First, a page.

Vietnamese investors with teenage children should learn from the Chinese EB-5 wait line.  Unfortunately, derivative children stuck in a waiting line, where the visa number is not current at the time of approval, are unable to lock in their age under CSPA until their Final Action Date is “available”.

In addition to Vietnam, India has also seen a dramatic surge in EB-5 visa usage. EB-5 visa demand rose almost 500% from the first fiscal quarter of 2017 (October 1, 2016 – December 31, 2016) to the first fiscal quarter of 2018 (October 1, 2017 – December 31, 2017), proof that demand from India is skyrocketing.  However, this 500% trajectory is already two years old and estimation of current I-526 filings is speculative.  So, while India is very unlikely to use its annual visa quota in fiscal year 2019 (from October 2018-September 2019) according to unofficial State Department sources, we speculate that may change for fiscal year 2020, when India may also hit its annual quota, like Vietnam has now. Of course, this may not occur if there is a substantial increase in the minimum investment amount that slows demand, or Congress increases the number of EB-5 visas available.


October 2020 Visa Bulletin Guesstimate

Chinese Final Action Date Guesstimate March 15, 2015

Vietnam Final Action Date Guesstimate 2016?

India Final Action Date Guesstimate 2016 or 2017?

South Korea or Brazil Guesstimate 2020 or 2021?

The key takeaway is that Indian nationals and Vietnamese nationals with children need to proceed as soon as possible to file their cases, or possibly face the tragic consequences of “aging-out” and be separated from their family. It appears 17-year old derivatives that file now should be safe and 18-year-old derivatives may be safe.  But until we know how many cases have been filed for each nationality annually, precise calculations are difficult.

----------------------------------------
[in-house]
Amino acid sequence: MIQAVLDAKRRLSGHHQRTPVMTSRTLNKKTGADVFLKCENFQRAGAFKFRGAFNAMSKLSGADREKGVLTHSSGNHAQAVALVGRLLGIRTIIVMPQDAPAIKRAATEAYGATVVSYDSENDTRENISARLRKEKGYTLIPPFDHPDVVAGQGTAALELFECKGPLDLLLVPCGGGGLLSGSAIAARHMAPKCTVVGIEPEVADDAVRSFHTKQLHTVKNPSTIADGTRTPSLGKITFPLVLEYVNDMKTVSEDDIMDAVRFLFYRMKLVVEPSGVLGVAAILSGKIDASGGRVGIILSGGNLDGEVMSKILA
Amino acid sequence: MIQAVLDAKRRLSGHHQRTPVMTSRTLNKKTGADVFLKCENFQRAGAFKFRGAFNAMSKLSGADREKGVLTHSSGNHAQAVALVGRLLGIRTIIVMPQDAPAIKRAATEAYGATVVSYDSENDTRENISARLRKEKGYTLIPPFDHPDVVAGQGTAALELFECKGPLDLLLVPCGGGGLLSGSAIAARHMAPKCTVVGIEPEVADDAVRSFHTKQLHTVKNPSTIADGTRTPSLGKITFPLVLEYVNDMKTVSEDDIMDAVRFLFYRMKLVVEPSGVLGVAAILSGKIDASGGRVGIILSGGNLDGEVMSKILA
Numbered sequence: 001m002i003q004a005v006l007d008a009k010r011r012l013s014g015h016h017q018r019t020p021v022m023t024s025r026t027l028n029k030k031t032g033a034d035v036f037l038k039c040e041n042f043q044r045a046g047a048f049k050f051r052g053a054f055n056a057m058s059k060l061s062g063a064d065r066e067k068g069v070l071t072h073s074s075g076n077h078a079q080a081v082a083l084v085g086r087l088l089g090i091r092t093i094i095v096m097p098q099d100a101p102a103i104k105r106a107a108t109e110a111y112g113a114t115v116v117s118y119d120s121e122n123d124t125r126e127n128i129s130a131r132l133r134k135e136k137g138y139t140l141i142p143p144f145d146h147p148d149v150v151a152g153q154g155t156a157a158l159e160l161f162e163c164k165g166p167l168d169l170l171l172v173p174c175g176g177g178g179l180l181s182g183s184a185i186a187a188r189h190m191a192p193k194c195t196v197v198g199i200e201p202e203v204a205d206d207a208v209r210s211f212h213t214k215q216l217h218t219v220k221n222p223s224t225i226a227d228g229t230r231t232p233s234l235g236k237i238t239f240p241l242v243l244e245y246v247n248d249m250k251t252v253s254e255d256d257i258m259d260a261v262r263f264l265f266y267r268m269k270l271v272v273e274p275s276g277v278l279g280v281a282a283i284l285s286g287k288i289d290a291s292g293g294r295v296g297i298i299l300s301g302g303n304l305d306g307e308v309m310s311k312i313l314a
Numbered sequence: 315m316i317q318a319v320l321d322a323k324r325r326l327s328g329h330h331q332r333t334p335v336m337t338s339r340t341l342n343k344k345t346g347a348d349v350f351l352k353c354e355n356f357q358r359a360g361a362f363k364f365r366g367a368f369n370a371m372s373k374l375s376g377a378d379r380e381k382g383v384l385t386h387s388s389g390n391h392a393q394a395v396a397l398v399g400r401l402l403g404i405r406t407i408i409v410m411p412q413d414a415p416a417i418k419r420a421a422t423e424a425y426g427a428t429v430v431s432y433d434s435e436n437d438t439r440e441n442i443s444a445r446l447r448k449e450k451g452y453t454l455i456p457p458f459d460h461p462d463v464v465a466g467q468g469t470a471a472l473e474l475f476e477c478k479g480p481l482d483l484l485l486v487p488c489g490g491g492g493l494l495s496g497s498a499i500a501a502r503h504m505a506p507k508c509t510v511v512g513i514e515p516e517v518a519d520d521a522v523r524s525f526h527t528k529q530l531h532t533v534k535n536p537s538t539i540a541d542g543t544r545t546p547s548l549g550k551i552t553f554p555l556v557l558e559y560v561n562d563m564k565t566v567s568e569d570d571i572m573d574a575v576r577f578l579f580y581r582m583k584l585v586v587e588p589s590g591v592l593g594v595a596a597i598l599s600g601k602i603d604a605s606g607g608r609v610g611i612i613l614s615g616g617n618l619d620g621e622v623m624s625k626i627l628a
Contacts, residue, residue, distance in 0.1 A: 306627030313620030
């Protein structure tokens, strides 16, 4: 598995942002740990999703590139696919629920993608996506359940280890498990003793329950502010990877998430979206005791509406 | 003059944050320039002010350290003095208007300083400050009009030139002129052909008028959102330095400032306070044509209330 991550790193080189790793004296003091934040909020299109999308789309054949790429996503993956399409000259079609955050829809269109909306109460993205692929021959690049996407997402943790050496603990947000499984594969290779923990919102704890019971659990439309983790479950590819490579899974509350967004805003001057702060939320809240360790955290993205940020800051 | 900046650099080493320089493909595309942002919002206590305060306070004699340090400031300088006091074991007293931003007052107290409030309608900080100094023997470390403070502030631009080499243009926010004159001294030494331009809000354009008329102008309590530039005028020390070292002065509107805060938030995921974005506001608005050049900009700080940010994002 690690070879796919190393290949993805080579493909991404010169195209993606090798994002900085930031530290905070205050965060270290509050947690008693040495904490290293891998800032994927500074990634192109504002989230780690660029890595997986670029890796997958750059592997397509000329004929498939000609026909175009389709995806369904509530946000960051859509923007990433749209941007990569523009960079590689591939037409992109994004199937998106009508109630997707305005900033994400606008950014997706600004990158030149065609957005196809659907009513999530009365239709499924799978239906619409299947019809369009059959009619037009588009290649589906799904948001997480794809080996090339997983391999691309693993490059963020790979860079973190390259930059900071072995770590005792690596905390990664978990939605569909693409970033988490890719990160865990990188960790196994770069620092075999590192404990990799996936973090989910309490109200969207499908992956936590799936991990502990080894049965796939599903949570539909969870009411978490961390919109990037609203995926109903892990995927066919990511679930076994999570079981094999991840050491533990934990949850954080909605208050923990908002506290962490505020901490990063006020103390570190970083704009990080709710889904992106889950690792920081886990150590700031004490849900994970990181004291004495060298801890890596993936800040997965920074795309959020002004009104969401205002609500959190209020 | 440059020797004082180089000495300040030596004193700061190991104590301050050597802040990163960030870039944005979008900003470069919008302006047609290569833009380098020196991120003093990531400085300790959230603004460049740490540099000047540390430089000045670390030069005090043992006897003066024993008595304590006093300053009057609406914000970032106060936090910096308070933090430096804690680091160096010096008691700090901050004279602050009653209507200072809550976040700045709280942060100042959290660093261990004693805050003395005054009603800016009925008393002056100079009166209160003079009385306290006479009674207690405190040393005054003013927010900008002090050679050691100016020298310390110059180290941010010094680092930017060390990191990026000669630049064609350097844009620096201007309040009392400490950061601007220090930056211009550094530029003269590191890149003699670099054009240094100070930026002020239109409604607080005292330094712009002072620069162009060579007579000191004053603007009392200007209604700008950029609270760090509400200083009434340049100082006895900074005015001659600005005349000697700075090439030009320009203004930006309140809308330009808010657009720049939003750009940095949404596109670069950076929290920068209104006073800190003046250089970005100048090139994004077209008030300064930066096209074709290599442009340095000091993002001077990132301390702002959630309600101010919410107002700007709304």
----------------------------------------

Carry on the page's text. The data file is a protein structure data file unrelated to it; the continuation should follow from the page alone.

One way to guard against this is to file with the minor child as the principal applicant. Our office is now filing EB-5 applications for minor Chinese children as the principal investors using legal instruments such as UTMA, the Uniform Transfer to Minors Act and Chinese law. So far, the USCIS is open-mindedly approving these petitions. We have had approvals for children as young as 15 years old and will also be filing for children as young as 13 years old.

With almost 40,000 petitions filed in the last three fiscal years, representing about $20 billion in foreign capital investment, we can only anticipate increased waiting lines.  Applicants chargeable to the “Big Five”, China, Vietnam, South Korea, Brazil and India are advised to plan years ahead. Unfortunately, there are too many variable factors to precisely determine each country’s waiting line. The variables include attrition through the 4D’s, denial, dropout, death, or divorce.

While we realize that the visa allocation system under the Immigration and Nationality Act is complicated, it is critical for potential and current EB-5 investors to understand the waiting line system to plan their immigration strategy. Regional Centers and EB-5 projects need this information to prepare for return of capital to new commercial enterprises and for the redeployment of funds in compliance with current USCIS policy guidance.

As the U.S. Congress contemplates immigration changes, it should correct the drafting error that occurred when enacting the EB-5 Visa via the Immigration Act of 1990. Clearly expecting to admit 10,000 investors annually, the drafters inadvertently counted both investors and their families against the annual limit. While for the first 27 years demand for this program has been low, this has now changed creating long waiting lines for Chinese applicants, and creating a shorter waiting line for Vietnamese applicants, and maybe even for Indians, South Koreans and Brazilians, in the near future unless we see changes to the program.

For more information about the EB-5 visa, please click below to learn more and contact us.

2018-05-22T19:29:25-08:00 January 17th, 2018|